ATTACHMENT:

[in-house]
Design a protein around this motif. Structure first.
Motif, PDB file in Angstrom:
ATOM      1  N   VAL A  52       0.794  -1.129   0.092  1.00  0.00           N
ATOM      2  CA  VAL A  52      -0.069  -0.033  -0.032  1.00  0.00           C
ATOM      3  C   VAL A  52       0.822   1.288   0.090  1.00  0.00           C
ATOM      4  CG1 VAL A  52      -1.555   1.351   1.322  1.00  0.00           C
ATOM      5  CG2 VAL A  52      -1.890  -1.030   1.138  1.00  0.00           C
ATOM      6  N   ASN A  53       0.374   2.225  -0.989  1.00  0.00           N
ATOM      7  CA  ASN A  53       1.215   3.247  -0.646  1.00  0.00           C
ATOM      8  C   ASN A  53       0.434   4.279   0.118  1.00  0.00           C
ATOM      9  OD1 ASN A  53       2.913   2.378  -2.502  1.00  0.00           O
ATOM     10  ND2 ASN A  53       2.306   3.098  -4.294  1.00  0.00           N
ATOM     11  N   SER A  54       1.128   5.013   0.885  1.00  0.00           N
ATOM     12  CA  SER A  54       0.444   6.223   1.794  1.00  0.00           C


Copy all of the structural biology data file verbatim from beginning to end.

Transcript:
[in-house]
Design a protein around this motif. Structure first.
Motif, PDB file in Angstrom:
ATOM      1  N   VAL A  52       0.794  -1.129   0.092  1.00  0.00           N
ATOM      2  CA  VAL A  52      -0.069  -0.033  -0.032  1.00  0.00           C
ATOM      3  C   VAL A  52       0.822   1.288   0.090  1.00  0.00           C
ATOM      4  CG1 VAL A  52      -1.555   1.351   1.322  1.00  0.00           C
ATOM      5  CG2 VAL A  52      -1.890  -1.030   1.138  1.00  0.00           C
ATOM      6  N   ASN A  53       0.374   2.225  -0.989  1.00  0.00           N
ATOM      7  CA  ASN A  53       1.215   3.247  -0.646  1.00  0.00           C
ATOM      8  C   ASN A  53       0.434   4.279   0.118  1.00  0.00           C
ATOM      9  OD1 ASN A  53       2.913   2.378  -2.502  1.00  0.00           O
ATOM     10  ND2 ASN A  53       2.306   3.098  -4.294  1.00  0.00           N
ATOM     11  N   SER A  54       1.128   5.013   0.885  1.00  0.00           N
ATOM     12  CA  SER A  54       0.444   6.223   1.794  1.00  0.00           C